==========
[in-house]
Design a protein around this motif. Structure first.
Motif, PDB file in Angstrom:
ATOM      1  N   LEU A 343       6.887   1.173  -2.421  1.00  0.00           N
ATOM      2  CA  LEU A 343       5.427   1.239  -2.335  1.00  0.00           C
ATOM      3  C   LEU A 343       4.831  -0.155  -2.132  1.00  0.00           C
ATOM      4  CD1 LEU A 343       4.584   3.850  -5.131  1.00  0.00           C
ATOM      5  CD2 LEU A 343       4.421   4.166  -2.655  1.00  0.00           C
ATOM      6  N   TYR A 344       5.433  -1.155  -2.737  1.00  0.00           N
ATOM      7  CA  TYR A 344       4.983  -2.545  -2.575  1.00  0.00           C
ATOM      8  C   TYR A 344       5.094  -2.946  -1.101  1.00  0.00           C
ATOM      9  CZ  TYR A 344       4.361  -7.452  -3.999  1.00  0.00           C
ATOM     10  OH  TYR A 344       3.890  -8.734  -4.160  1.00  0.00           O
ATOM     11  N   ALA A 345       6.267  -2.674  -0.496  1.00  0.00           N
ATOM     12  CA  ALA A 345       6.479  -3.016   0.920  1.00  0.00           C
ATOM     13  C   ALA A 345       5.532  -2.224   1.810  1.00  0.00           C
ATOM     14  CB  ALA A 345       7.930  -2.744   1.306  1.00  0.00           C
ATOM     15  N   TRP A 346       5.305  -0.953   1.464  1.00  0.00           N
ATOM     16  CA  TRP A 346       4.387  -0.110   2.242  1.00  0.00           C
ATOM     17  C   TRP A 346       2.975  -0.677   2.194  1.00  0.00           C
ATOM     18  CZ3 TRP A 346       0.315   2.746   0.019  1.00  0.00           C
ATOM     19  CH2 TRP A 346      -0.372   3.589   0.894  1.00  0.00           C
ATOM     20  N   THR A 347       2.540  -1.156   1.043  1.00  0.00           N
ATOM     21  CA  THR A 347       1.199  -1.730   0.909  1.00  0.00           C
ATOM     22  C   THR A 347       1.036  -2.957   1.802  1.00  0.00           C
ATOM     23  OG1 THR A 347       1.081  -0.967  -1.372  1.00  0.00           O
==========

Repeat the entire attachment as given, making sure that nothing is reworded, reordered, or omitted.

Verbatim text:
[in-house]
Design a protein around this motif. Structure first.
Motif, PDB file in Angstrom:
ATOM      1  N   LEU A 343       6.887   1.173  -2.421  1.00  0.00           N
ATOM      2  CA  LEU A 343       5.427   1.239  -2.335  1.00  0.00           C
ATOM      3  C   LEU A 343       4.831  -0.155  -2.132  1.00  0.00           C
ATOM      4  CD1 LEU A 343       4.584   3.850  -5.131  1.00  0.00           C
ATOM      5  CD2 LEU A 343       4.421   4.166  -2.655  1.00  0.00           C
ATOM      6  N   TYR A 344       5.433  -1.155  -2.737  1.00  0.00           N
ATOM      7  CA  TYR A 344       4.983  -2.545  -2.575  1.00  0.00           C
ATOM      8  C   TYR A 344       5.094  -2.946  -1.101  1.00  0.00           C
ATOM      9  CZ  TYR A 344       4.361  -7.452  -3.999  1.00  0.00           C
ATOM     10  OH  TYR A 344       3.890  -8.734  -4.160  1.00  0.00           O
ATOM     11  N   ALA A 345       6.267  -2.674  -0.496  1.00  0.00           N
ATOM     12  CA  ALA A 345       6.479  -3.016   0.920  1.00  0.00           C
ATOM     13  C   ALA A 345       5.532  -2.224   1.810  1.00  0.00           C
ATOM     14  CB  ALA A 345       7.930  -2.744   1.306  1.00  0.00           C
ATOM     15  N   TRP A 346       5.305  -0.953   1.464  1.00  0.00           N
ATOM     16  CA  TRP A 346       4.387  -0.110   2.242  1.00  0.00           C
ATOM     17  C   TRP A 346       2.975  -0.677   2.194  1.00  0.00           C
ATOM     18  CZ3 TRP A 346       0.315   2.746   0.019  1.00  0.00           C
ATOM     19  CH2 TRP A 346      -0.372   3.589   0.894  1.00  0.00           C
ATOM     20  N   THR A 347       2.540  -1.156   1.043  1.00  0.00           N
ATOM     21  CA  THR A 347       1.199  -1.730   0.909  1.00  0.00           C
ATOM     22  C   THR A 347       1.036  -2.957   1.802  1.00  0.00           C
ATOM     23  OG1 THR A 347       1.081  -0.967  -1.372  1.00  0.00           O